Themes and Meanings
In “Madame Célestin’s Divorce,” Chopin explores one of her perennial themes: a woman’s struggle between the constraints a closed society places on her versus her quest for self-identity. As in most of Chopin’s work, that struggle is situated in Louisiana’s Creole community, which differs greatly from nineteenth century mainstream Anglo-American society. The barriers between these two cultures often produce conflicts for the characters, who are at odds with themselves and one another.
Madame Célestin’s vivaciousness, mild flirtatiousness, honesty, and self-sufficient attitude reflect the more relaxed gender roles among the French Creoles, which allowed a certain frankness between men and women about personal matters. The general openness among Creoles is best expressed by Madame’s daily public appearance dressed in what amounts to a robe or housecoat. The close-knit Creole community supported Madame and her children by giving her work when her husband all but deserted her. In addition, it remained nonjudgmental about her marital problems or her friendship with Paxton. Nevertheless, Madame is restricted from following her natural instincts to free herself from Célestin because of her strong ties to that same community. Her family and her religion forbid divorce; more important, she retains certain emotional and conjugal attachments to her husband, despite the fact he is a reprobate. Madame must also consider her maternal obligations to...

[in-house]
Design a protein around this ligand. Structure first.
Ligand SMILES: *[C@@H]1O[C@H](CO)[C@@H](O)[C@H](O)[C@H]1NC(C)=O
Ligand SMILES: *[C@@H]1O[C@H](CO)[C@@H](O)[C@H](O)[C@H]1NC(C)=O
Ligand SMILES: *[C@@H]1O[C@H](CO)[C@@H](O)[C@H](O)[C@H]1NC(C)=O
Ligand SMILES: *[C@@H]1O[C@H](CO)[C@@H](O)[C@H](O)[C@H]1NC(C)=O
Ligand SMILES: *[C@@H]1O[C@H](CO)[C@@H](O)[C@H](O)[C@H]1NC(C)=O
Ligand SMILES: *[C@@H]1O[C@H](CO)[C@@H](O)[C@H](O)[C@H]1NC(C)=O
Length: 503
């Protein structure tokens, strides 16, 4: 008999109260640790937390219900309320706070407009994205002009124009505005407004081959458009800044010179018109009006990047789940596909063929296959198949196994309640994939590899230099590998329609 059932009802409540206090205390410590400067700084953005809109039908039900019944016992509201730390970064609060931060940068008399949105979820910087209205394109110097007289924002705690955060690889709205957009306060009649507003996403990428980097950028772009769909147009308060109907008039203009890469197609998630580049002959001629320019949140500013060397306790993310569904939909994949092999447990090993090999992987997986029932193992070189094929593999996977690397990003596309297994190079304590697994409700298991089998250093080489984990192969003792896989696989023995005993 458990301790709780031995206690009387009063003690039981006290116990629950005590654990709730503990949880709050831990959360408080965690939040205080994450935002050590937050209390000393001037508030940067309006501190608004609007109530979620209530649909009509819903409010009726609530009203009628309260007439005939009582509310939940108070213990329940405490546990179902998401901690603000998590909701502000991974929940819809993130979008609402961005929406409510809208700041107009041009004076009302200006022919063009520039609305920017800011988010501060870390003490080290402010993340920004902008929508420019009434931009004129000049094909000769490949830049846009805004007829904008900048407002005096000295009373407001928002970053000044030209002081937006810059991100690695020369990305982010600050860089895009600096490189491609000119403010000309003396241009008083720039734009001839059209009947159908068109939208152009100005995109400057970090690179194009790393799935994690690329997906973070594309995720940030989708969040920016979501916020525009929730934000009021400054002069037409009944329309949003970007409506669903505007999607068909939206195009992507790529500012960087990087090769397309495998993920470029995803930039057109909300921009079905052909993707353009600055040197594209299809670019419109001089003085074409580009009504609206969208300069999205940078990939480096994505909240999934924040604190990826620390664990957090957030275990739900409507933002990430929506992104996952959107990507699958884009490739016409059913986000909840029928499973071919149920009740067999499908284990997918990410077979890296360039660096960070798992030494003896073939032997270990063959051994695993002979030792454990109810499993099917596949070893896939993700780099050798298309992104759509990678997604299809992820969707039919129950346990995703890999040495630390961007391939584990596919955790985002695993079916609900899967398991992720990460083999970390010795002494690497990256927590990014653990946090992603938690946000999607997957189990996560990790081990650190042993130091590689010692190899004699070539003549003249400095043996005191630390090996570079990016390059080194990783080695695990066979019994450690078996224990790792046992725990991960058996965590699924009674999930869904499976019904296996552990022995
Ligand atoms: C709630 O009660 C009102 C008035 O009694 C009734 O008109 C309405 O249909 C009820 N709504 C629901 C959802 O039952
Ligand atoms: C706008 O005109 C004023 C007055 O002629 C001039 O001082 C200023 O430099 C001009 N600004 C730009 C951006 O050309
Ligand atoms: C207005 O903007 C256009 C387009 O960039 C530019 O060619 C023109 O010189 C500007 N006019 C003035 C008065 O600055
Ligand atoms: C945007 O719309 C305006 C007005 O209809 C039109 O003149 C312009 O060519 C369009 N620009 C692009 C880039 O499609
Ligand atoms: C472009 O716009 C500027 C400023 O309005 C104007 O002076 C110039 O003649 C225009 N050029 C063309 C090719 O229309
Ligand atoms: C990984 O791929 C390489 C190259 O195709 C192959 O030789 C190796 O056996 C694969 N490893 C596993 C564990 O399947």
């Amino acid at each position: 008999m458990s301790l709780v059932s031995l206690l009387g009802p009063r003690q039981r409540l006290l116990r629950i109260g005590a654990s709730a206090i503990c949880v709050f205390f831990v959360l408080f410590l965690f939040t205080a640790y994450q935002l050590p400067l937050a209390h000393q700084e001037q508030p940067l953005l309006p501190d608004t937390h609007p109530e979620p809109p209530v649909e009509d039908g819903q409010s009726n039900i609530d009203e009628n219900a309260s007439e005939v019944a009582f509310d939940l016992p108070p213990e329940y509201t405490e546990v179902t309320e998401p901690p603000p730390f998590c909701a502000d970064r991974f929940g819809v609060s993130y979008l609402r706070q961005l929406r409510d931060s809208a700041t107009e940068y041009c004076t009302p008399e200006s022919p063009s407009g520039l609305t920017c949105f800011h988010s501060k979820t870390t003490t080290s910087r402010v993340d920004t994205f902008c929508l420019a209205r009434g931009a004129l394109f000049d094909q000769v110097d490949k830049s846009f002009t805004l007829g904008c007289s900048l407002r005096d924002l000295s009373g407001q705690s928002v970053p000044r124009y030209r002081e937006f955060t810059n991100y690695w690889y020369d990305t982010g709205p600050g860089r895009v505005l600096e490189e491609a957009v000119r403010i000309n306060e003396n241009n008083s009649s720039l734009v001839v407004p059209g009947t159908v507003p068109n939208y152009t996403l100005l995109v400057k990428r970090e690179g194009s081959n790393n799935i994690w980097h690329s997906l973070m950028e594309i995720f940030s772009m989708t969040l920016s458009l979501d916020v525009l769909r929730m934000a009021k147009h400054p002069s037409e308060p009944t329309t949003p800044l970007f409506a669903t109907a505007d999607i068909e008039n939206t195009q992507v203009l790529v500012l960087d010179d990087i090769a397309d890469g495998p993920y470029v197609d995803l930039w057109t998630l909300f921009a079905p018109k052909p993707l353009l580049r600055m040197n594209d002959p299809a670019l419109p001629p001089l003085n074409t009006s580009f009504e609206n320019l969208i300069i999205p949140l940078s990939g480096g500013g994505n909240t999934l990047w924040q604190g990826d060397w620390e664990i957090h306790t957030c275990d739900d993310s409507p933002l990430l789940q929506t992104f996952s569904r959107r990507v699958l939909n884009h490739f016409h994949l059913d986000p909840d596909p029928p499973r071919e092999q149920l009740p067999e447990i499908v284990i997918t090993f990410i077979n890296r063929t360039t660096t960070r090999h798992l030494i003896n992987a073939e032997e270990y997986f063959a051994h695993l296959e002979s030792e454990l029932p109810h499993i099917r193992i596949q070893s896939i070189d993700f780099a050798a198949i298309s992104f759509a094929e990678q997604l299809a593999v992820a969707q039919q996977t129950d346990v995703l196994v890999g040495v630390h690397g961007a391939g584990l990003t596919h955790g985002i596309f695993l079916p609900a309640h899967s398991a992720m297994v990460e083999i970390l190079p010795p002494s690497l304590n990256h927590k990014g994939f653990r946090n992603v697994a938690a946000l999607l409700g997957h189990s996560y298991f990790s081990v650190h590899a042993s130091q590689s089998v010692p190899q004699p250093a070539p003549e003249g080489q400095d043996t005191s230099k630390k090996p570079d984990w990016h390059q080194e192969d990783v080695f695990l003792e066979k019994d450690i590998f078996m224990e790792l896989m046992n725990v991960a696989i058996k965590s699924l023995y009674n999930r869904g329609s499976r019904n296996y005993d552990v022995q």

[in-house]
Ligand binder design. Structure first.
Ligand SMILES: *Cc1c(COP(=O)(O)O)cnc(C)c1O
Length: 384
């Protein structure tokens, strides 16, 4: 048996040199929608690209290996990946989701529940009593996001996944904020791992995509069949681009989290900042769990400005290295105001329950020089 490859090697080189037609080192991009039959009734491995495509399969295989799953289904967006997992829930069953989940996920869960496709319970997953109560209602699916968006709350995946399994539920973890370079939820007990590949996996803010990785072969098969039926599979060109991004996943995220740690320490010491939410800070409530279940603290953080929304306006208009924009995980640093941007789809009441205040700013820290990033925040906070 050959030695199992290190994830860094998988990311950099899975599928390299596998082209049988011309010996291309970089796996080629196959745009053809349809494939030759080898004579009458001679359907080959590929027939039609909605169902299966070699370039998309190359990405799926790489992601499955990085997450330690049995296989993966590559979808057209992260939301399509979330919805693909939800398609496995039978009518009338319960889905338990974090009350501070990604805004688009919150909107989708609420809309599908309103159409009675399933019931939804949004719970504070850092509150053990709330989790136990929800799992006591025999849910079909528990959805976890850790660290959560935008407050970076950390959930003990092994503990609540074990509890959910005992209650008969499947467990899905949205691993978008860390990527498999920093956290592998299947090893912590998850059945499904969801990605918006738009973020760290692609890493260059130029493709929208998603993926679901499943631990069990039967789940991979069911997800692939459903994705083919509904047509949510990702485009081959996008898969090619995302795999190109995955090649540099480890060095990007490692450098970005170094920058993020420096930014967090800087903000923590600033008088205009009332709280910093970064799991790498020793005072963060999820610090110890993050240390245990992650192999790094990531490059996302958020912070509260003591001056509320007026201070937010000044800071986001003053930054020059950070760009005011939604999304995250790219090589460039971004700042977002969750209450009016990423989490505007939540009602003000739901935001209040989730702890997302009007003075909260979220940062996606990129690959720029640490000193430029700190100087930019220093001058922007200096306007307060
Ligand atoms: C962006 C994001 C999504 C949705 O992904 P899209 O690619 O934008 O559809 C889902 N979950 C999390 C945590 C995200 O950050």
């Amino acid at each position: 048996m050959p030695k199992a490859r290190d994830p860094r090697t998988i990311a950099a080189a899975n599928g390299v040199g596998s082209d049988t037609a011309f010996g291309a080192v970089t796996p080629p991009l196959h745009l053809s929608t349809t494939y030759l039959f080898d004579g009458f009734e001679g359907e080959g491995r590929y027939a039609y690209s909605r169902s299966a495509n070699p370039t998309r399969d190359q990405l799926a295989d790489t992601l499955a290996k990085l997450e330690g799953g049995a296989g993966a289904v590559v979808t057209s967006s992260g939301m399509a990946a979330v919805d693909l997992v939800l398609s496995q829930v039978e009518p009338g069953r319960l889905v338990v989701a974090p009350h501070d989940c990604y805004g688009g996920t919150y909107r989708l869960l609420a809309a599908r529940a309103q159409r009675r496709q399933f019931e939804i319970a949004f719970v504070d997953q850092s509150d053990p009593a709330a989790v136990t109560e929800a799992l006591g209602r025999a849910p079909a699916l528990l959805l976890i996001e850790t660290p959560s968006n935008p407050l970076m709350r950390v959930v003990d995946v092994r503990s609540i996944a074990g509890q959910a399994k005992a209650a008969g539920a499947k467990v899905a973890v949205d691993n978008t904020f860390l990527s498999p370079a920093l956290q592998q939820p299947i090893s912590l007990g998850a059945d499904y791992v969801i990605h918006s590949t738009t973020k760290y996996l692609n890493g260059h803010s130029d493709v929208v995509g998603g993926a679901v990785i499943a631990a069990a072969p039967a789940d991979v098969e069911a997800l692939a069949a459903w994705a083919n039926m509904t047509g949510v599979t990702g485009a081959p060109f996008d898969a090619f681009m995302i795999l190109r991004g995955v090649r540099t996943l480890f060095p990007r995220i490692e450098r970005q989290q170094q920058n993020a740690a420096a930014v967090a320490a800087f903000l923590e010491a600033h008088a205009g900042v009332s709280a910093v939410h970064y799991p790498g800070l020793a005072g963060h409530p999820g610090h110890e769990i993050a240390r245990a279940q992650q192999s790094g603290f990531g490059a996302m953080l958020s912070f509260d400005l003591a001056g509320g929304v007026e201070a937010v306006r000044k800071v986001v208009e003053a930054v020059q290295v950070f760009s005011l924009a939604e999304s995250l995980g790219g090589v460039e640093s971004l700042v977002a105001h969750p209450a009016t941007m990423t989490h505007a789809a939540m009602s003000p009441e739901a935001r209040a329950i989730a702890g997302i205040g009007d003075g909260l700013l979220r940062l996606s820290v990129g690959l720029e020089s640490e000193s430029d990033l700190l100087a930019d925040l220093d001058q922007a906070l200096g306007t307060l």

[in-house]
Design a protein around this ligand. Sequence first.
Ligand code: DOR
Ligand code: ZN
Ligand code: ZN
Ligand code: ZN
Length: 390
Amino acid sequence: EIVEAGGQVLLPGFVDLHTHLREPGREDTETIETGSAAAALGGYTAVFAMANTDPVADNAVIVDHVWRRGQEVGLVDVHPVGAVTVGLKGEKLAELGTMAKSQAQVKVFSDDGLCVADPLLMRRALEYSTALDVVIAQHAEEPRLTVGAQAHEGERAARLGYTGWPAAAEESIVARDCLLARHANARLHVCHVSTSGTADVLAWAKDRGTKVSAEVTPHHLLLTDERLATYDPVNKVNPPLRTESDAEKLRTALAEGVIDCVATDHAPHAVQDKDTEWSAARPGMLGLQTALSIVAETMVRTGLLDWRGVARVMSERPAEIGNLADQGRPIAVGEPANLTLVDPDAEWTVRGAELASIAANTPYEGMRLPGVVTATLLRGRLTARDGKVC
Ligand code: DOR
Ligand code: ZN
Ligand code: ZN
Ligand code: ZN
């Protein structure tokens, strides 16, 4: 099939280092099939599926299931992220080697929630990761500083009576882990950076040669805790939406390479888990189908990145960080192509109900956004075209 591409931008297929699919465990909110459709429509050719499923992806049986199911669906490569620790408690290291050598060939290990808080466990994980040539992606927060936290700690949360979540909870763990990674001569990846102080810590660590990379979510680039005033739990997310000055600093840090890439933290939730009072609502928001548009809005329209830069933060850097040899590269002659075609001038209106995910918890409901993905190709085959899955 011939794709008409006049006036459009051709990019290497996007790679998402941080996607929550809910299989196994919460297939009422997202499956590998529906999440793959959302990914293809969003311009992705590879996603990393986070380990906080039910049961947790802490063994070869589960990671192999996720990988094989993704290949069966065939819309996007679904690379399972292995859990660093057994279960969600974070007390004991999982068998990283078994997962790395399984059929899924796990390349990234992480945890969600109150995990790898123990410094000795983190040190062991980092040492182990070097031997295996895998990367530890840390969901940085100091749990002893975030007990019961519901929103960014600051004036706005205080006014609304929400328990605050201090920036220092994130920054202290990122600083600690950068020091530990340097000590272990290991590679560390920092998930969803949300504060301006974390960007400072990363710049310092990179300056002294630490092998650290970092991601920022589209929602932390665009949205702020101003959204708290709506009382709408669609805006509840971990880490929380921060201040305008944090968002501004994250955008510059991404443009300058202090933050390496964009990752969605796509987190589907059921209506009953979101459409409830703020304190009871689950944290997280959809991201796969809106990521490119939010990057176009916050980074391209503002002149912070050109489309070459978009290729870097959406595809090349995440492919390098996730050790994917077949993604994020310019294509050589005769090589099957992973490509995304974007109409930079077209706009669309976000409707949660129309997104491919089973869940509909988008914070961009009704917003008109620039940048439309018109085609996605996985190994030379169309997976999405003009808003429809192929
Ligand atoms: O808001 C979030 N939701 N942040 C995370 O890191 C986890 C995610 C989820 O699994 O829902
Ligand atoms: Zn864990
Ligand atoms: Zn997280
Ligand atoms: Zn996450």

(The entire section is 497 words.)